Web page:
Pet Factsheets


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Your pet may undergo a biopsy to determine if a growth is cancerous or noncancerous (benign). The tissue removed during a biopsy is examined under a microscope by a veterinary pathologist, a specialist in examining cells and tissue samples.

What is a biopsy?

A biopsy is a surgical procedure in which a tissue sample is removed from the body and examined under a microscope. In some cases, only a small sample is removed for analysis - in other cases, several samples may be removed, or an entire growth may be removed and examined.

Why does my pet need a biopsy?

Dogs and cats commonly develop lumps and growths on their skin. Sometimes these are cancerous, but they can be warts or other noncancerous (benign) growths. Your veterinarian may not tell from examining a lump whether it is cancerous or not, so may recommend a biopsy to obtain more information about a suspicious lump.

A biopsy can also be used to diagnose a condition or determine the severity of a disease. If a pet has liver disease, a sample of the liver can be removed by biopsy and examined under a microscope to help determine the cause and extent of the liver damage.

What happens during a biopsy?

Your pet will generally require some form of anesthesia for a biopsy. Your veterinarian will decide whether to use local anesthesia, sedation, or general anesthesia depending on where the tissue sample is located and how many areas need to be sampled.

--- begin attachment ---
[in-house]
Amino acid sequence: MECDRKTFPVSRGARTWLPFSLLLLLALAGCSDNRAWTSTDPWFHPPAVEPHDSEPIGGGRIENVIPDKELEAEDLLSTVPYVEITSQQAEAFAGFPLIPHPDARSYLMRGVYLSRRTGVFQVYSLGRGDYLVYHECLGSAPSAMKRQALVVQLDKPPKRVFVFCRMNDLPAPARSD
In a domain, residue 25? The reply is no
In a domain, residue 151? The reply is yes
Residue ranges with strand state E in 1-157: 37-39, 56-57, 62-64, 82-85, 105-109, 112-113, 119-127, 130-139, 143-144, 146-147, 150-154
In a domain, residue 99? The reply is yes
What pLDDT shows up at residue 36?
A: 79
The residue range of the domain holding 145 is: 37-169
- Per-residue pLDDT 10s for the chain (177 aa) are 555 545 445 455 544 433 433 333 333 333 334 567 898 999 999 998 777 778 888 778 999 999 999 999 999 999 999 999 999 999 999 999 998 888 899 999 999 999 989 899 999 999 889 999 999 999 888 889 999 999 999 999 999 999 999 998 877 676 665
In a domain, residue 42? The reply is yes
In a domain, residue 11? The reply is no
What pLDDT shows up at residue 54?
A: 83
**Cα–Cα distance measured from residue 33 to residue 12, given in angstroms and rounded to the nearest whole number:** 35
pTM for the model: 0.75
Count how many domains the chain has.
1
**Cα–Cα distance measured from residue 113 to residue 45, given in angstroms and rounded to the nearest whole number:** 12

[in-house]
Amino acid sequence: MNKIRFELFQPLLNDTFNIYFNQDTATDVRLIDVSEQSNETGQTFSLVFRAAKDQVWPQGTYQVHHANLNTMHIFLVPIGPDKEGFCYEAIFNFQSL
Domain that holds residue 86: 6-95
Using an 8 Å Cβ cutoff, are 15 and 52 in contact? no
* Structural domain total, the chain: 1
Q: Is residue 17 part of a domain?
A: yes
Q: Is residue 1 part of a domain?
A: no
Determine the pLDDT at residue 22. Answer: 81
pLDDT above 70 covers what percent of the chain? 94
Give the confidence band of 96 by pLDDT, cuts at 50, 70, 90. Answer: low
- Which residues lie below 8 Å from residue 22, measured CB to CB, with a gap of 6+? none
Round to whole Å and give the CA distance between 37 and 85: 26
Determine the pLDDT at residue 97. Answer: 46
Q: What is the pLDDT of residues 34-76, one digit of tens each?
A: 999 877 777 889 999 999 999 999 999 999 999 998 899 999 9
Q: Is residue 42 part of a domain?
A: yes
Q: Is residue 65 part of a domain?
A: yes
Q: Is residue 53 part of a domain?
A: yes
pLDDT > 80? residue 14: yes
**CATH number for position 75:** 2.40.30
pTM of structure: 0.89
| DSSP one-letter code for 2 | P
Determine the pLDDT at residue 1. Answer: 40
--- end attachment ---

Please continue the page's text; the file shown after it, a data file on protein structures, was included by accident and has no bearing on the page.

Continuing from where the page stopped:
Local anesthesia involves injecting a medication in and around an area of the body to make it numb. With local anesthesia, your pet will likely be awake during the biopsy. If sedation or general anesthesia is used, the patient is heavily sedated or completely asleep during the biopsy. If a growth is on the surface of the skin and is very small, the biopsy may be carried out using local anesthesia, but if the area to be biopsied is within the abdomen, or if multiple areas will be biopsied, general anesthesia is usually recommended.

In an incisional biopsy, a small sample of tissue is removed from a larger mass. In an excisional biopsy, the entire growth is removed and submitted for biopsy.

Once the tissue is removed, the sample will be examined at a diagnostic laboratory where a veterinary pathologist will examine the tissue under a microscope to make a diagnosis. Results are generally available within several days.

Are there any risks?

Biopsies are very important for helping to confirm a diagnosis. Early diagnosis is helpful for determining the course of treatment with many types of cancer and can help increase the chance of survival. Biopsies can also help to confirm causes of other conditions, including skin lesions as well as diseases of the kidneys, liver, or bone marrow.

Your veterinarian will take precautions to ensure that your pet is safe during the biopsy and recovers fully afterward. To help reduce the risk of complications associated with surgery or anesthesia, your veterinarian may give your pet a full physical examination and take blood samples before the biopsy.

Biopsies are very safe, routine procedures. Any risks associated with a biopsy depend on the overall health of the pet, the location of the area to be biopsied, and how many samples are taken. Your vet will be happy to discuss any concerns that you may have.

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